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#readbyatt: Update the First

#readbyatt: Update the First post image

Woo! I made it through the first six chapters of Possession! This is a feat I have never accomplished, so I feel like a read-a-long winner no matter what happens next. If you’re reading along, I hope you’ve made it this far too.

I’m not sure how to structure these updates, so I’m just going to meander and see where this goes. Feel free to join up the conversation in the comments or leave links to your posts there too (I’ll watch today and make sure they don’t get sent to spam).

Our Story So Far

The year is 1986 (the year I was born, interestingly enough). Dr. Roland Martin, a middle-of-the-road scholar of 17th century poet Randolph Henry Ash, discovers the drafts of two letters buried in the middle of one of Ash’s old books. The letters appear to be love letters, of a kind, that are unprecedented in Ash scholarship. Roland steals the letters from the book, intent on figuring them out.

After some investigation, Roland comes to believe the letters may be to Christabel LaMotte, a minor poet of the same period who is of some interest to feminist scholars. Roland’s mentor suggests visiting Maud Bailey, a scholar familiar with LaMotte at a university that houses many of LaMotte’s unpublished papers. Roland goes to see Maud, shares his theory, and the two of them decide to take a trip to LaMotte’s grave (or something related to the estate, I can’t remember).

While visiting, they run into the current caretakers of the LaMotte property who invite them in for tea. While exploring LaMotte’s room, Maud discovers a cache of hidden letters between Ash and LaMotte — a scholarly gold mine! But the caretakers — particularly cantankerous and suspicious Sir George — won’t let them take the letters and they leave empty-handed.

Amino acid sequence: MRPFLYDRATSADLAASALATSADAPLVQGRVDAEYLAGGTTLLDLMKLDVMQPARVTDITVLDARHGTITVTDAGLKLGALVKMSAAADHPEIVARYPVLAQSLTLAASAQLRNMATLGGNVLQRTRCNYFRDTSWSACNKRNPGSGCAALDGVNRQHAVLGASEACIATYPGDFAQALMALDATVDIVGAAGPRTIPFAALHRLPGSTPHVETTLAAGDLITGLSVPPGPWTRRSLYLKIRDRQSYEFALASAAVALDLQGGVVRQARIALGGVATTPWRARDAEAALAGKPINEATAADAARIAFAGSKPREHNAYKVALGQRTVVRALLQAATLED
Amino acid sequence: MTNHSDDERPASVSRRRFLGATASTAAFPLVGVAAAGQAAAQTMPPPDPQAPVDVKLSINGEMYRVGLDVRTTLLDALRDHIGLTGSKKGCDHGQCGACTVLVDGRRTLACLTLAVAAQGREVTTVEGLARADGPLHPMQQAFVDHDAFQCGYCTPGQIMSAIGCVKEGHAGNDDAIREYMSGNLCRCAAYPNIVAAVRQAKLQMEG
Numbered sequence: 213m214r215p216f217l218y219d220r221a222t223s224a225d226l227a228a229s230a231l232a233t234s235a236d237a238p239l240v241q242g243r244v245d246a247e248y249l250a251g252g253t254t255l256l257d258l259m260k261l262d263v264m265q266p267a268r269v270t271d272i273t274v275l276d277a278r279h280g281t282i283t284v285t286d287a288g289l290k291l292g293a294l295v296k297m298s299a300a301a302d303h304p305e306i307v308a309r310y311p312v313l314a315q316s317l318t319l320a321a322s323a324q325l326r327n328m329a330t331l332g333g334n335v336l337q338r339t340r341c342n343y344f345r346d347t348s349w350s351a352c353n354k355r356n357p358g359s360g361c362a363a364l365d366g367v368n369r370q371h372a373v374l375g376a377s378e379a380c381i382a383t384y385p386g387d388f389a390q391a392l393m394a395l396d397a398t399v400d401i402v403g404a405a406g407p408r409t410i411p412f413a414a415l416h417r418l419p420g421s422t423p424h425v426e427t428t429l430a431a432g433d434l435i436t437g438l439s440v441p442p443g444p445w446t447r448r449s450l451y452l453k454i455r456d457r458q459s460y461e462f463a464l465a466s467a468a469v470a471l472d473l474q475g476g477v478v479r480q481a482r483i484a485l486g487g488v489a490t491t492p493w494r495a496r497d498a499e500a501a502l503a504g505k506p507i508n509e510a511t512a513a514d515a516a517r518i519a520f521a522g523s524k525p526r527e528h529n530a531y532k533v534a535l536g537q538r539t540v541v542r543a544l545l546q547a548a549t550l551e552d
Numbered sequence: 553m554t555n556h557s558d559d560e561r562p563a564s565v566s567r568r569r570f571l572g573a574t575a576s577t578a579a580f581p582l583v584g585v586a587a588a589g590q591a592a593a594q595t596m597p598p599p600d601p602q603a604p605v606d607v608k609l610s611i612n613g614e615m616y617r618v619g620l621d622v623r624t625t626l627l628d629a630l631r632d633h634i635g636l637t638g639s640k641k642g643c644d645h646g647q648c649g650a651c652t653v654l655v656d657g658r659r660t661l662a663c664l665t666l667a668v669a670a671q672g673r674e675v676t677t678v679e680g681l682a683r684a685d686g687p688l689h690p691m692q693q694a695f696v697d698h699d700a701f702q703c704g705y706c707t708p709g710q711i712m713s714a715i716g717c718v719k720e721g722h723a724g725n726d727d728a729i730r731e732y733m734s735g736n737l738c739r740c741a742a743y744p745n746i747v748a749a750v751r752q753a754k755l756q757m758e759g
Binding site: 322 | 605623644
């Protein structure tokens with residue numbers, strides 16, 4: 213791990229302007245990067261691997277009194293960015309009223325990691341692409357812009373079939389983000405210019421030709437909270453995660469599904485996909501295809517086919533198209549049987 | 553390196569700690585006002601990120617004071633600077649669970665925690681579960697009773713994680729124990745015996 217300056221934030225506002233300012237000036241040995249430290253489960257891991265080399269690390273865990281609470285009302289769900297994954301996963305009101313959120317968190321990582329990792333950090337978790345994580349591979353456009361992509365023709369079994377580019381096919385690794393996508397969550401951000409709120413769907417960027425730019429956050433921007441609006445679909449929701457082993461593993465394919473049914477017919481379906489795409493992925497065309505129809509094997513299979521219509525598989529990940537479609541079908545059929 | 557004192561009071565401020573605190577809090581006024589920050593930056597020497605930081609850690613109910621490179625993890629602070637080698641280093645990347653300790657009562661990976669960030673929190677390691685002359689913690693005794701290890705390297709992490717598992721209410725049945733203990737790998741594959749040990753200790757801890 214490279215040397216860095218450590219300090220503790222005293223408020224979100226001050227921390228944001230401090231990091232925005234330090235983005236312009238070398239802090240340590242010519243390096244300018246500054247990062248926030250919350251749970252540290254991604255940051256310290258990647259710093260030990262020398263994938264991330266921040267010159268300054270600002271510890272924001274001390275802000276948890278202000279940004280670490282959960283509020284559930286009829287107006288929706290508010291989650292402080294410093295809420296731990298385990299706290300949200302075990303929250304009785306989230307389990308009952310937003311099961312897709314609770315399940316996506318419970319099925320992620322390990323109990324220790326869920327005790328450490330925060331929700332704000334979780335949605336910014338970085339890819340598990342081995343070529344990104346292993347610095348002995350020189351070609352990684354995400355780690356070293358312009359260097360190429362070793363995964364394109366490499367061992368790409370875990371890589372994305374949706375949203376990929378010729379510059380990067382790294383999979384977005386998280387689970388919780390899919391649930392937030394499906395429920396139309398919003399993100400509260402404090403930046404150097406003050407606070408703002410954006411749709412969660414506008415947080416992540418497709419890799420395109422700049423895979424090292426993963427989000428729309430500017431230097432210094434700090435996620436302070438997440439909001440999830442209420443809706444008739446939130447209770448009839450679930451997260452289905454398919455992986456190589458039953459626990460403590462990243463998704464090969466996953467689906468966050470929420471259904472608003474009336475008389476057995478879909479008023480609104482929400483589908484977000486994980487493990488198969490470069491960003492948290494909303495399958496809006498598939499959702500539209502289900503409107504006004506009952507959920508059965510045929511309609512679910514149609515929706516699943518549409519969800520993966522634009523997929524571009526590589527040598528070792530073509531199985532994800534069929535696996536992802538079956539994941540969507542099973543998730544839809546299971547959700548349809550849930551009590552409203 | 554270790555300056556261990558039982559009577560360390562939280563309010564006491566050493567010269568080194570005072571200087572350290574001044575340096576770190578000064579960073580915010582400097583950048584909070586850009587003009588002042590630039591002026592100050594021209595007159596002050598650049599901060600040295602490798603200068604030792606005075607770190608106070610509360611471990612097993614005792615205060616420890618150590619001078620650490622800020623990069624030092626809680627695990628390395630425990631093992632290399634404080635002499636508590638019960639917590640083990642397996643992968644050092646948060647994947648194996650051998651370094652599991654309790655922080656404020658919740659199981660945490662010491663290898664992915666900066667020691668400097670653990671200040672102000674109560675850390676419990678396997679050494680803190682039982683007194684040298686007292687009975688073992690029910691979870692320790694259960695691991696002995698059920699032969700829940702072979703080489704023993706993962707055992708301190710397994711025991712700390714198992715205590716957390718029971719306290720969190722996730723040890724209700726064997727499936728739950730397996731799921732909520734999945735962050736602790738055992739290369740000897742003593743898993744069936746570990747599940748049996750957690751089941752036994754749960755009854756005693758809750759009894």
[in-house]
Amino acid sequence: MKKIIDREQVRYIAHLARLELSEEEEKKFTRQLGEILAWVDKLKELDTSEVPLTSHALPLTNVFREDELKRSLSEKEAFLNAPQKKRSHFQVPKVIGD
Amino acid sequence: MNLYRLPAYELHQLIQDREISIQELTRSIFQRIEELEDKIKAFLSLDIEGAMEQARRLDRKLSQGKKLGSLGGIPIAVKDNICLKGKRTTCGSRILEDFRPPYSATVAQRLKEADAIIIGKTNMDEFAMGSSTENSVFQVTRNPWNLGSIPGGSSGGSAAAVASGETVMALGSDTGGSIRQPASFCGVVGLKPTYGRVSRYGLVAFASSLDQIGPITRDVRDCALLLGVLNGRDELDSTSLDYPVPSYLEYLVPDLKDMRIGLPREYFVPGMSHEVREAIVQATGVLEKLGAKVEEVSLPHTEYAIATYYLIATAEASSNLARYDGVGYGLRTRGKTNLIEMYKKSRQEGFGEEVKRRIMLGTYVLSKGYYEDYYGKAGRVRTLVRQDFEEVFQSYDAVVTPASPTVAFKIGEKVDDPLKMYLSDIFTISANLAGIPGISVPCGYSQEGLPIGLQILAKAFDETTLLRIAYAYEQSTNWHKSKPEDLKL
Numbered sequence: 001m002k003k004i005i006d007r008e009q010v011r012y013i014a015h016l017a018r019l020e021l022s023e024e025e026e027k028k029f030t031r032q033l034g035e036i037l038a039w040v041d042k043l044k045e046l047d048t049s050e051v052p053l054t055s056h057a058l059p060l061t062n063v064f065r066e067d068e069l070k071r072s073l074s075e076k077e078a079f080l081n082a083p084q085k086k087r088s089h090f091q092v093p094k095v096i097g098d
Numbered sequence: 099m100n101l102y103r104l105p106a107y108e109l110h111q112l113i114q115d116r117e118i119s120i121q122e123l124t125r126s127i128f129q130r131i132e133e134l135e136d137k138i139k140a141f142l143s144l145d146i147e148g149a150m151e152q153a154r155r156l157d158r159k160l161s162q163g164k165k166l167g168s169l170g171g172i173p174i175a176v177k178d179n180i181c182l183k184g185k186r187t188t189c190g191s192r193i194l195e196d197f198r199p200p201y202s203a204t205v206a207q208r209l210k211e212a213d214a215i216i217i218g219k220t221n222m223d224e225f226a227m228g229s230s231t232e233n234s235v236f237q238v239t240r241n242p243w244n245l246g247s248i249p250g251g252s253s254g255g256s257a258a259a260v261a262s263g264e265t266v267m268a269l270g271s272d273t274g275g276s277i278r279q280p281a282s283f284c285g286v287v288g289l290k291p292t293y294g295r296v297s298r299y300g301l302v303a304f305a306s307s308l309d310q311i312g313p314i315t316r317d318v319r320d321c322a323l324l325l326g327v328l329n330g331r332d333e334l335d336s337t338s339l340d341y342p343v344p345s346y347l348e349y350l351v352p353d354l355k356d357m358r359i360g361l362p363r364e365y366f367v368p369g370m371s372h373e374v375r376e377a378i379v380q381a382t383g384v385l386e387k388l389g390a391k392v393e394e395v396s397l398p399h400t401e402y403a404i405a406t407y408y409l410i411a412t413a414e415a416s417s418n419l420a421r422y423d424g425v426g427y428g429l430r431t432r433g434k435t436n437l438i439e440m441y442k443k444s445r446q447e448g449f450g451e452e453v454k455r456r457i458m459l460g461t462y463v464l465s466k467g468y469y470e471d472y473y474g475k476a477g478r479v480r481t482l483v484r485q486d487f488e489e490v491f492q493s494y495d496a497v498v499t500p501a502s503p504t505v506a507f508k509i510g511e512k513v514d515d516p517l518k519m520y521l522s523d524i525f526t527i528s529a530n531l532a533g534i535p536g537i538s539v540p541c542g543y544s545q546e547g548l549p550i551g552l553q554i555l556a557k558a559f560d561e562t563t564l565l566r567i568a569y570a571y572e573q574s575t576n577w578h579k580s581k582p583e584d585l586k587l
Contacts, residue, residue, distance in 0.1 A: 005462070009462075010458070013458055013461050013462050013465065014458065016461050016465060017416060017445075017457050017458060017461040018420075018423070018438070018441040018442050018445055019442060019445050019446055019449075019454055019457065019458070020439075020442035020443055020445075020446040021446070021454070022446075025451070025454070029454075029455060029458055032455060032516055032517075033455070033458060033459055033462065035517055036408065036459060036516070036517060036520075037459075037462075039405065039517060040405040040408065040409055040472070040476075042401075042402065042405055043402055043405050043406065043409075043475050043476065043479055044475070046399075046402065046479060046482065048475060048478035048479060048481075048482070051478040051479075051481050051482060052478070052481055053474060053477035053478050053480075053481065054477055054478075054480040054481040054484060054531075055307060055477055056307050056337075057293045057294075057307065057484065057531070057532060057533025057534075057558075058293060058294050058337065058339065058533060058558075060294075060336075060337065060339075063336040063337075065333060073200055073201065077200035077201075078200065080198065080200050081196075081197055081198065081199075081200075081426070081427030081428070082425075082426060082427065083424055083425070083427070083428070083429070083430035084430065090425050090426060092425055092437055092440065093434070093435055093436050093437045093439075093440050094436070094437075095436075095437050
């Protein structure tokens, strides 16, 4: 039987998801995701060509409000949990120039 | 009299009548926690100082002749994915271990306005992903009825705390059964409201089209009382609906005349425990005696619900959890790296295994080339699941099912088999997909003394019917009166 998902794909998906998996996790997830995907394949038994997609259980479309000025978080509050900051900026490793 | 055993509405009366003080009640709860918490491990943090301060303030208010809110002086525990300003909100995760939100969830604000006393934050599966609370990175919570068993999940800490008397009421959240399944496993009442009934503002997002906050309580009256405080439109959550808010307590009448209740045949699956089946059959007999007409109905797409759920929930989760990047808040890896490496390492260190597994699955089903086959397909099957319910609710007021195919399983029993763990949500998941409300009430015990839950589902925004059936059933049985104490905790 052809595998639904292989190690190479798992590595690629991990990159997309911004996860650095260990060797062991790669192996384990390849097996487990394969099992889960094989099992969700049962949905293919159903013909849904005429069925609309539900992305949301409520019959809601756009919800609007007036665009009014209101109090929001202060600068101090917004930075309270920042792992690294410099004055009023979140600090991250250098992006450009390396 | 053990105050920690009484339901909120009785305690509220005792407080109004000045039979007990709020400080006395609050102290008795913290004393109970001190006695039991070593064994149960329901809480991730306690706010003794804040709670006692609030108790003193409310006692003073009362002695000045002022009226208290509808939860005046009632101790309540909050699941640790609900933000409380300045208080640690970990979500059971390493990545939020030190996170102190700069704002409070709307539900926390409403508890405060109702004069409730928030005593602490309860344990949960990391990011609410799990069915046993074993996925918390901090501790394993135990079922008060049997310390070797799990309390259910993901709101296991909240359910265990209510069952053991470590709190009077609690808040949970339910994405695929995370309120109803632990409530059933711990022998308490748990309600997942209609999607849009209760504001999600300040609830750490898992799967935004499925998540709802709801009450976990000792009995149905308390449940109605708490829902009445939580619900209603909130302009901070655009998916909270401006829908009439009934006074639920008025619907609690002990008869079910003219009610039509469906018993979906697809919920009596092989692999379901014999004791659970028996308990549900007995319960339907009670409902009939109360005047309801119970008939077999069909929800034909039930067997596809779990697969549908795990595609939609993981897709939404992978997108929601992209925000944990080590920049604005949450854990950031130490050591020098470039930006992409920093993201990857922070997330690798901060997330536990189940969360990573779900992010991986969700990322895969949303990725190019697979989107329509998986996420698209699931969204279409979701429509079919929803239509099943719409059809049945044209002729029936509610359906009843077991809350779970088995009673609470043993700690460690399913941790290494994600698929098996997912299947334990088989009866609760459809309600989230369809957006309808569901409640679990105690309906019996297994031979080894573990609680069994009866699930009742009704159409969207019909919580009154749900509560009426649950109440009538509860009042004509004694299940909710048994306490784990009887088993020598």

Meanwhile, competing scholar Mortimer Copper, who by all accounts seems to be a creep, is going out of his way to buy up all of the Ash memorabilia he can find. </End Section>

Some Thoughts On the Book

I went into this first section of the book hoping to figure out why I’ve started and stopped reading this book multiple times. The answer is, I’m afraid, that the beginning of this book is boring:

Point 1: Roland is a bland narrator to start out this story. I mean, come on. The guy is a part-time scholar who self-describes as a “latecomer” to interesting things with (it appears) an unpleasant girlfriend. He’s bland like dry toast.

Maud, in contrast, is infinitely more interesting. I love the turban and the detail about why she uses it to cover her hair that is revealed while she’s getting ready for bed. More of that, please!

Point 2: The epistolary format doesn’t let the novel get any momentum. Every time the plot seems to be ready to take a leap forward, the book makes a left turn to insert some sort of extra text — another letter, a chapter from a book, a short story, a poem — that are, I’m sure, significant… but not what I need to get into this story. I usually love epistolary details in novels, but in this case I’m not invested enough in the rest of the story to want to read through the extra-textual bits to get back to anything or spend the mental energy to think about what the point is. Give me some plot, please!

(Clearly, reading this one right after listening to A Discovery of Witches, which also starts out with discovering a manuscript in a library, was a bad plan. That book is all plot.)

But chapter six ends with some intrigue — the introduction of dastardly (maybe?) scholar Mortimer Cropper, however creepy, brings some drama — and I’m looking forward to the next section.

Burning Questions Going Forward

  • Will Roland ever become more interesting? Please, reading gods, I hope so.
  • Is Mortimer Cropper really as much of a creeper as he appears? Are the “other photographs of which he had a large and varied collection” as gross as I think they will be?
  • What will happen to the letters? And what is up with Sir George (not a fun dude)?